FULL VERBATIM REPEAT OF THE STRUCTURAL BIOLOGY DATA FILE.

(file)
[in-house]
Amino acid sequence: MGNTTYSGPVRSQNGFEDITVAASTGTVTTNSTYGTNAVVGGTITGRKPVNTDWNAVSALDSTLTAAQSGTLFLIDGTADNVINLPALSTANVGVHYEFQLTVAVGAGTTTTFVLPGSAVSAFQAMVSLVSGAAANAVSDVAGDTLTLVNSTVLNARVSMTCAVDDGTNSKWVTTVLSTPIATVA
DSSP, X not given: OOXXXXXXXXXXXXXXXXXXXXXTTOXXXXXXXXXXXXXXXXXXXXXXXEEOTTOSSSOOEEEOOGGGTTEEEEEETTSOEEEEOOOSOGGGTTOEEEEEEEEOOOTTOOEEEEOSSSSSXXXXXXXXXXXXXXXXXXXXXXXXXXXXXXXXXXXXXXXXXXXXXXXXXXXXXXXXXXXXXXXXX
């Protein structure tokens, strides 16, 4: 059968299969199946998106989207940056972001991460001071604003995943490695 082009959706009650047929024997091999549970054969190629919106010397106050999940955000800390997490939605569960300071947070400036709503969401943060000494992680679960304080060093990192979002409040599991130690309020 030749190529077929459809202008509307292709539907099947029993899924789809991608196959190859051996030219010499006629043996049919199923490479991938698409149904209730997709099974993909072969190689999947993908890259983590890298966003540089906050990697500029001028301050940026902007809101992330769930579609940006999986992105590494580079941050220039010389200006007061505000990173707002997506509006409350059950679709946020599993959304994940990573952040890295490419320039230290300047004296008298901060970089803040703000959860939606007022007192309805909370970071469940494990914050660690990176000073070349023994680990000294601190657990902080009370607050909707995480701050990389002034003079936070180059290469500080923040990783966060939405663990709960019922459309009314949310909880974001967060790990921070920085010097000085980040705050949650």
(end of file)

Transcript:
[in-house]
Amino acid sequence: MGNTTYSGPVRSQNGFEDITVAASTGTVTTNSTYGTNAVVGGTITGRKPVNTDWNAVSALDSTLTAAQSGTLFLIDGTADNVINLPALSTANVGVHYEFQLTVAVGAGTTTTFVLPGSAVSAFQAMVSLVSGAAANAVSDVAGDTLTLVNSTVLNARVSMTCAVDDGTNSKWVTTVLSTPIATVA
DSSP, X not given: OOXXXXXXXXXXXXXXXXXXXXXTTOXXXXXXXXXXXXXXXXXXXXXXXEEOTTOSSSOOEEEOOGGGTTEEEEEETTSOEEEEOOOSOGGGTTOEEEEEEEEOOOTTOOEEEEOSSSSSXXXXXXXXXXXXXXXXXXXXXXXXXXXXXXXXXXXXXXXXXXXXXXXXXXXXXXXXXXXXXXXXX
């Protein structure tokens, strides 16, 4: 059968299969199946998106989207940056972001991460001071604003995943490695 082009959706009650047929024997091999549970054969190629919106010397106050999940955000800390997490939605569960300071947070400036709503969401943060000494992680679960304080060093990192979002409040599991130690309020 030749190529077929459809202008509307292709539907099947029993899924789809991608196959190859051996030219010499006629043996049919199923490479991938698409149904209730997709099974993909072969190689999947993908890259983590890298966003540089906050990697500029001028301050940026902007809101992330769930579609940006999986992105590494580079941050220039010389200006007061505000990173707002997506509006409350059950679709946020599993959304994940990573952040890295490419320039230290300047004296008298901060970089803040703000959860939606007022007192309805909370970071469940494990914050660690990176000073070349023994680990000294601190657990902080009370607050909707995480701050990389002034003079936070180059290469500080923040990783966060939405663990709960019922459309009314949310909880974001967060790990921070920085010097000085980040705050949650």